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I have heard multiple names for water-source heat pumps. What's the difference between something called a water-to-water heat pump, and a seawater heat pump? Are they just different names for the same thing?

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They can be the same thing; the terms have overlapping meanings.

A seawater heat pump is a specific type of water-source heat pump that uses seawater. Water-source heat pumps can also use fresh water, e.g. from a lake or river.

The source is the first part of the meaning of "water-to-water". The second part means that the destination for the heat is water, most likely in a "wet" central heating system with pipes and radiators. One could also have a water-to-air heat pump, which would use water as the source but deliver the heat through hot air from a wall unit.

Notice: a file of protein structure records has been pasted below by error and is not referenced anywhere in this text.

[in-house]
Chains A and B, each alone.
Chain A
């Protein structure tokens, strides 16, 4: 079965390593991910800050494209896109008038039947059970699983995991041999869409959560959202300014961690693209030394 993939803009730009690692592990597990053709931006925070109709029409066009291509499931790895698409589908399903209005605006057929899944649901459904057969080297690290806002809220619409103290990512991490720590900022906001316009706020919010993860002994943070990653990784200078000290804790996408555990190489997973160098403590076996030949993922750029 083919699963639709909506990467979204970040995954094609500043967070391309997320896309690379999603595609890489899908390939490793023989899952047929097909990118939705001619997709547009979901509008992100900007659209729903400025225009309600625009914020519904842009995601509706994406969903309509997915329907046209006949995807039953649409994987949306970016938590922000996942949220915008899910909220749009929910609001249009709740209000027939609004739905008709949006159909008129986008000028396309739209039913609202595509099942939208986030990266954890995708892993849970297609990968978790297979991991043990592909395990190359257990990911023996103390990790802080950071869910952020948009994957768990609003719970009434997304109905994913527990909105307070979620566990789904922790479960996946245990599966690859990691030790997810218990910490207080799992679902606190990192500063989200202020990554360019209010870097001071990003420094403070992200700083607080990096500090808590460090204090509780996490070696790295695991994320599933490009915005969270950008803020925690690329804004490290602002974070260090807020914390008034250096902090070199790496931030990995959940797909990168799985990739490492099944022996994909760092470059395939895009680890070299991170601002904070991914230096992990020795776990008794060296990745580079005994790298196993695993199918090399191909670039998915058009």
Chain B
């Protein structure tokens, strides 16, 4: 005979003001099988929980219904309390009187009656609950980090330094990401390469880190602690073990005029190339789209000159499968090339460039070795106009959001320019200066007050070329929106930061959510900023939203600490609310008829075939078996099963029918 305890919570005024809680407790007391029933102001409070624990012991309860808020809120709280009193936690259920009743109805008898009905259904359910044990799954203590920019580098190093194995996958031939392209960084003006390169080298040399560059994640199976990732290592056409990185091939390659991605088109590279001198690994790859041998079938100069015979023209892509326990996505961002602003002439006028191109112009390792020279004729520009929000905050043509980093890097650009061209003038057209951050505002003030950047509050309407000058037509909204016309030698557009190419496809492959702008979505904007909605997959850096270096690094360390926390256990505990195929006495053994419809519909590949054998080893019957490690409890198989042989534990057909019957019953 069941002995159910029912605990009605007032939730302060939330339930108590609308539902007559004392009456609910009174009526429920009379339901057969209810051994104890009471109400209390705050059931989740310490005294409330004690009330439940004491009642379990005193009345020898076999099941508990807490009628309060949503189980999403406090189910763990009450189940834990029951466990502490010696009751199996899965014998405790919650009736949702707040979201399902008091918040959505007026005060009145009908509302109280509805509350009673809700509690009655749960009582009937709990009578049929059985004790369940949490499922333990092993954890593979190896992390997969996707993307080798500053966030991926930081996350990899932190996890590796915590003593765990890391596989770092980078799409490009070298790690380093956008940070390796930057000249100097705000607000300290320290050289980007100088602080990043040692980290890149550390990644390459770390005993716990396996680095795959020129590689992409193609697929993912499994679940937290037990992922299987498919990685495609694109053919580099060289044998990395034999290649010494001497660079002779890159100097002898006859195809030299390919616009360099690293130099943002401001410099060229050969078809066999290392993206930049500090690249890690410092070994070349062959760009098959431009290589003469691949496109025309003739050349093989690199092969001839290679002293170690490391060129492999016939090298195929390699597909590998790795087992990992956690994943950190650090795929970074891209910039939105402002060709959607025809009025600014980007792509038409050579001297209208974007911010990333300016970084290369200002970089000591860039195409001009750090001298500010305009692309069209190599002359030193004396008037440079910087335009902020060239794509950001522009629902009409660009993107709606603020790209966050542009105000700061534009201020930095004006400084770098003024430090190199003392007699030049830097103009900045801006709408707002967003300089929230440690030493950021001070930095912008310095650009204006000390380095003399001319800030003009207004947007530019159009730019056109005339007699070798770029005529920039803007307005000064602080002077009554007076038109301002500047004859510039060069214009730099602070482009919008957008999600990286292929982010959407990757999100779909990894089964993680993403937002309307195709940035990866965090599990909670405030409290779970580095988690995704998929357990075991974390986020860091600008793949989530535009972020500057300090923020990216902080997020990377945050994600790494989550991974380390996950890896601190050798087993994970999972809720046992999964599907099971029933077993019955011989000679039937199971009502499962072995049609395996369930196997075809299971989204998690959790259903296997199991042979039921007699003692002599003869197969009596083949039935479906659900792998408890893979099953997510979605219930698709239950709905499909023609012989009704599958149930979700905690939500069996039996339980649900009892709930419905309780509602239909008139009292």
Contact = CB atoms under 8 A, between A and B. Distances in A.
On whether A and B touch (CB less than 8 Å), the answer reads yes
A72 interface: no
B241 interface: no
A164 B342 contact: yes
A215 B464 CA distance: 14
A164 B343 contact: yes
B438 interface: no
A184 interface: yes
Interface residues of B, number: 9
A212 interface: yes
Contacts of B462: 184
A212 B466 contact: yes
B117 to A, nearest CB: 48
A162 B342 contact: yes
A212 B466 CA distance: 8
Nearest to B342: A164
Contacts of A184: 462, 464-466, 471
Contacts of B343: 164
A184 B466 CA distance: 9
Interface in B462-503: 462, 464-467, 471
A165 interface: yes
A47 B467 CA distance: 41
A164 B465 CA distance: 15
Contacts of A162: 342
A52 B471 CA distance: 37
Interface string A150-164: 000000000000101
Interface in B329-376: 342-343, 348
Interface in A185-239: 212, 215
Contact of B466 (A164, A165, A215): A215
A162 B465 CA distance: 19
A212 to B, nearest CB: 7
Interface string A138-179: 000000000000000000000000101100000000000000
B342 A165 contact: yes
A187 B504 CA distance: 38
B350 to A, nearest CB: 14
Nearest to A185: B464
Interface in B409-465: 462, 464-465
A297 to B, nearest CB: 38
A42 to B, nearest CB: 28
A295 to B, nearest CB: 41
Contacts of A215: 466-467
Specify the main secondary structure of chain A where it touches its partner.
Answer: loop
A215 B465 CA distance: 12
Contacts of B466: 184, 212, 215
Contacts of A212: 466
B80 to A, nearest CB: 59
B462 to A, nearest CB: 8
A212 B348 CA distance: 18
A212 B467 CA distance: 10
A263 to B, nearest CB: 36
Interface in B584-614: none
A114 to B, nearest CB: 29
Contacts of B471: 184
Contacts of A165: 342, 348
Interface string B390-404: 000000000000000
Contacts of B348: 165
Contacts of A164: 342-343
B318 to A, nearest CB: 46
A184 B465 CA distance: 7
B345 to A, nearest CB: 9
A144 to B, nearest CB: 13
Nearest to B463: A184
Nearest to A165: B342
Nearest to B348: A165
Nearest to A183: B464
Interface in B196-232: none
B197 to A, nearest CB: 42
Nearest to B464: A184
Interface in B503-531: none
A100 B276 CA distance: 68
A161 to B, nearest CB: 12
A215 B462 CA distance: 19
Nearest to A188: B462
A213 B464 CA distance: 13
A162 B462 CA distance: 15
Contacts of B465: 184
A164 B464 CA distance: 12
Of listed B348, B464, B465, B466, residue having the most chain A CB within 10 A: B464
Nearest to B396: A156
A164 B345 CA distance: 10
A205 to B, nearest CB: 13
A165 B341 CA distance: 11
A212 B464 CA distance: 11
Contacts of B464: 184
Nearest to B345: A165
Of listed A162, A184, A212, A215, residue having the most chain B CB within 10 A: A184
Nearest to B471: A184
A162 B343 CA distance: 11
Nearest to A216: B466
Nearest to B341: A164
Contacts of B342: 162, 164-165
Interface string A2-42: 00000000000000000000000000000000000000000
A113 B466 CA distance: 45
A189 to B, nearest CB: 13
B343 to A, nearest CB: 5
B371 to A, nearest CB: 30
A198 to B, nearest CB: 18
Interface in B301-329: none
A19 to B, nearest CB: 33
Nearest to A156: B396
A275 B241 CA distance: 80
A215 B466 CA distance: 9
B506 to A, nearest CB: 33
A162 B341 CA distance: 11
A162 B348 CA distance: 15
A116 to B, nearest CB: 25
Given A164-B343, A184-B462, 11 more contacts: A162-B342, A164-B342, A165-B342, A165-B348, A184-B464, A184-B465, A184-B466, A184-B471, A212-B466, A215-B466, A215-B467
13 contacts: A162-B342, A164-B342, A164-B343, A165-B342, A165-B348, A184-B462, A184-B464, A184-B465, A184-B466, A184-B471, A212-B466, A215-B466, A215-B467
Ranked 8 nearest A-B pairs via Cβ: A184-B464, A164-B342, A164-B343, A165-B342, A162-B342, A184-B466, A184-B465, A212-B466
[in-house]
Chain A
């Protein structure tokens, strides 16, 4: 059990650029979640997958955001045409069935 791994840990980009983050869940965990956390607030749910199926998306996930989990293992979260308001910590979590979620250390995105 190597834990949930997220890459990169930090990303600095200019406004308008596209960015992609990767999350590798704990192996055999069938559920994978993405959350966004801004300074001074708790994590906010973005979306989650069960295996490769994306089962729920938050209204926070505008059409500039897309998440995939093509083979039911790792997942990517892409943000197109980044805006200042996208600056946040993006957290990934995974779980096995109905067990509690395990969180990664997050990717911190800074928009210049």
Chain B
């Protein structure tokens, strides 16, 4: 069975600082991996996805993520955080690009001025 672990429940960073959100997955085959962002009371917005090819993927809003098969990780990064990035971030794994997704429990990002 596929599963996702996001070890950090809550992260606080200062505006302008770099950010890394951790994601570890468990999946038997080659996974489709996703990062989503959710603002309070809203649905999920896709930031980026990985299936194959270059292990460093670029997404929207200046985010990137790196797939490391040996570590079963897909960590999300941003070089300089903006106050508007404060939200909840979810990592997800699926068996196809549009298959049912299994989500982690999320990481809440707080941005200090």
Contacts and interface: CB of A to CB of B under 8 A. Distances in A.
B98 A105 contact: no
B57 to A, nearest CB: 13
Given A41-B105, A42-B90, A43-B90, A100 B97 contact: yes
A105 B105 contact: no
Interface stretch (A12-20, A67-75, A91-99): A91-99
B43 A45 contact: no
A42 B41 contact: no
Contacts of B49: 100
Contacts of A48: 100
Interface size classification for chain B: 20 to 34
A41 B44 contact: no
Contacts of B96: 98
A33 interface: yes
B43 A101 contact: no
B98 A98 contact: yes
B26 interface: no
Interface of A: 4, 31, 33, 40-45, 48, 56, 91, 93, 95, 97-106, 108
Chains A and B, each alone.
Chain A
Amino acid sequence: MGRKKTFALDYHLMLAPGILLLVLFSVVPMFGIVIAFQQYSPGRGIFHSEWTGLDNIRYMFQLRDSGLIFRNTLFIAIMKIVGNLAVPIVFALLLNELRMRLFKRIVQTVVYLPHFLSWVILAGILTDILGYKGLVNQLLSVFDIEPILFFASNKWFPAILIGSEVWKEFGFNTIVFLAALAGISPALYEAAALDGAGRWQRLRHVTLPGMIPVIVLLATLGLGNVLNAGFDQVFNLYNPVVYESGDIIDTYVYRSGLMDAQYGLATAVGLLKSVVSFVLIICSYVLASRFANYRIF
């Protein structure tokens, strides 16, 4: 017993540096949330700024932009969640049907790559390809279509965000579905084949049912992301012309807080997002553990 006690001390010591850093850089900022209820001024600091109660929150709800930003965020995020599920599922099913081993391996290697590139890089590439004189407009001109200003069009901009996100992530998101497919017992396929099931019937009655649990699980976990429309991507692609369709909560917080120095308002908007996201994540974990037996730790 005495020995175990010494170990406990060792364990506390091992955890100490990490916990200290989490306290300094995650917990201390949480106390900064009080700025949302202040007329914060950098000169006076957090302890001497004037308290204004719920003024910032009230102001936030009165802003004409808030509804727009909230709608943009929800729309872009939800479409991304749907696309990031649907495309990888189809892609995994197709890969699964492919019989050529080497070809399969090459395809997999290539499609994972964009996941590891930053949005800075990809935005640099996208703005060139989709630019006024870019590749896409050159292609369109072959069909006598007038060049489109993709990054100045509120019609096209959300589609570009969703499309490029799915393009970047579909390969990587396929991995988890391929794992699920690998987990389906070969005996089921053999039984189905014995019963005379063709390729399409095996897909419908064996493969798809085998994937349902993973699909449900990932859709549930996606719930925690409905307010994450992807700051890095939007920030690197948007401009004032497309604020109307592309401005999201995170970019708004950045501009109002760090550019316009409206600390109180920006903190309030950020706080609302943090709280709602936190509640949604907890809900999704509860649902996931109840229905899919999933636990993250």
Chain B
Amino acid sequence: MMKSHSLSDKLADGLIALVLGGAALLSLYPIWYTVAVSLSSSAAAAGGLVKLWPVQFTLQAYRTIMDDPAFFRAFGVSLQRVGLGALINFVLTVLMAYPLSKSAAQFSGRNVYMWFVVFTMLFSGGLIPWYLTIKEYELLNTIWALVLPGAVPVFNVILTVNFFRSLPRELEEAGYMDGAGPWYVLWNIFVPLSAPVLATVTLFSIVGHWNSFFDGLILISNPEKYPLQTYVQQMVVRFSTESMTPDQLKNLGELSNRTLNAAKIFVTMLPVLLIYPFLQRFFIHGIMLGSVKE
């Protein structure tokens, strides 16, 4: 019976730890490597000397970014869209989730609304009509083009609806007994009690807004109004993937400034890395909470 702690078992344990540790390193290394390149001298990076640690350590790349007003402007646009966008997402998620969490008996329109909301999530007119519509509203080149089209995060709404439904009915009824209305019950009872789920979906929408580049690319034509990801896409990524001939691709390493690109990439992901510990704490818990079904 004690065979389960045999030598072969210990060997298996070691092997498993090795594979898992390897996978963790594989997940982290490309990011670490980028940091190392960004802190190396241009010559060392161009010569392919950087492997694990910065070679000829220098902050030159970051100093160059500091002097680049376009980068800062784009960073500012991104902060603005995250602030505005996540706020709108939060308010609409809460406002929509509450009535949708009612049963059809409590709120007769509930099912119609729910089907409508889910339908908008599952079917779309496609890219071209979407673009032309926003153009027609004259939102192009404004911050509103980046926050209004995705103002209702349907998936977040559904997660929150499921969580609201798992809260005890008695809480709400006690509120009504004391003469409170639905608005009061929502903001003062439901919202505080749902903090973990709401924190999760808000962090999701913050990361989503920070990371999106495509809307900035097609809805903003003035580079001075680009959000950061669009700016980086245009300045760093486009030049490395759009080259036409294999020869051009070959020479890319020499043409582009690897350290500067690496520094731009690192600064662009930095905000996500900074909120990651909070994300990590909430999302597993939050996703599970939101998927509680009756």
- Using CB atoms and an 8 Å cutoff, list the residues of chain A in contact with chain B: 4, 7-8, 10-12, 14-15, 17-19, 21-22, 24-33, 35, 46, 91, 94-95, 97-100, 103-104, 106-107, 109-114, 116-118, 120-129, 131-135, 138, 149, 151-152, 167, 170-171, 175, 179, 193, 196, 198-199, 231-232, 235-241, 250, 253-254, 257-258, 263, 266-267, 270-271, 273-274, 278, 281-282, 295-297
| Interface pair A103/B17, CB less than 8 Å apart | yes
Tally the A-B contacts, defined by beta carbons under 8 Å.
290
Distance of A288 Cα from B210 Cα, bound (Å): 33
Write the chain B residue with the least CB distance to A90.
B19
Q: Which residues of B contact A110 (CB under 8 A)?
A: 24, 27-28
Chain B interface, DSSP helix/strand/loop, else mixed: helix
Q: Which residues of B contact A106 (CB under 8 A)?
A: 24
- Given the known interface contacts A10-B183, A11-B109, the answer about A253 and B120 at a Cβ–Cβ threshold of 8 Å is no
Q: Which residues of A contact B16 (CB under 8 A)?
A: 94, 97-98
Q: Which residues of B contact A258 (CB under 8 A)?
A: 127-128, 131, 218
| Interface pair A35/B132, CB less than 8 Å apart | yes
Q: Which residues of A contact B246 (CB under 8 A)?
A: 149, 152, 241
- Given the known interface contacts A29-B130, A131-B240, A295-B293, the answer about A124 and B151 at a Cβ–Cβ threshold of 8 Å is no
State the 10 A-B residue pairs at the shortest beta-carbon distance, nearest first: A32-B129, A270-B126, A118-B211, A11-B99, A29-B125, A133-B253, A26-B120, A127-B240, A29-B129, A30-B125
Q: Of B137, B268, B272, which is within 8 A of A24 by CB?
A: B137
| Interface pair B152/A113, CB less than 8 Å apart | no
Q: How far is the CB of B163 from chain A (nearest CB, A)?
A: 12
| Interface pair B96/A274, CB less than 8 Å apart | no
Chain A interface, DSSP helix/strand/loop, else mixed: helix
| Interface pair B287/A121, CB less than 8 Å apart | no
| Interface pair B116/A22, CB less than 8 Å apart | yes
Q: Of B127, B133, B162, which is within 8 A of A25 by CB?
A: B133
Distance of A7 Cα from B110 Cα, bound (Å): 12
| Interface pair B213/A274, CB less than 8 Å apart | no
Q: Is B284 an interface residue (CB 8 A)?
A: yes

• Thanks Flyto, this should be the clearest answer I've found. – Needa Hell Dec 27 '18 at 9:57

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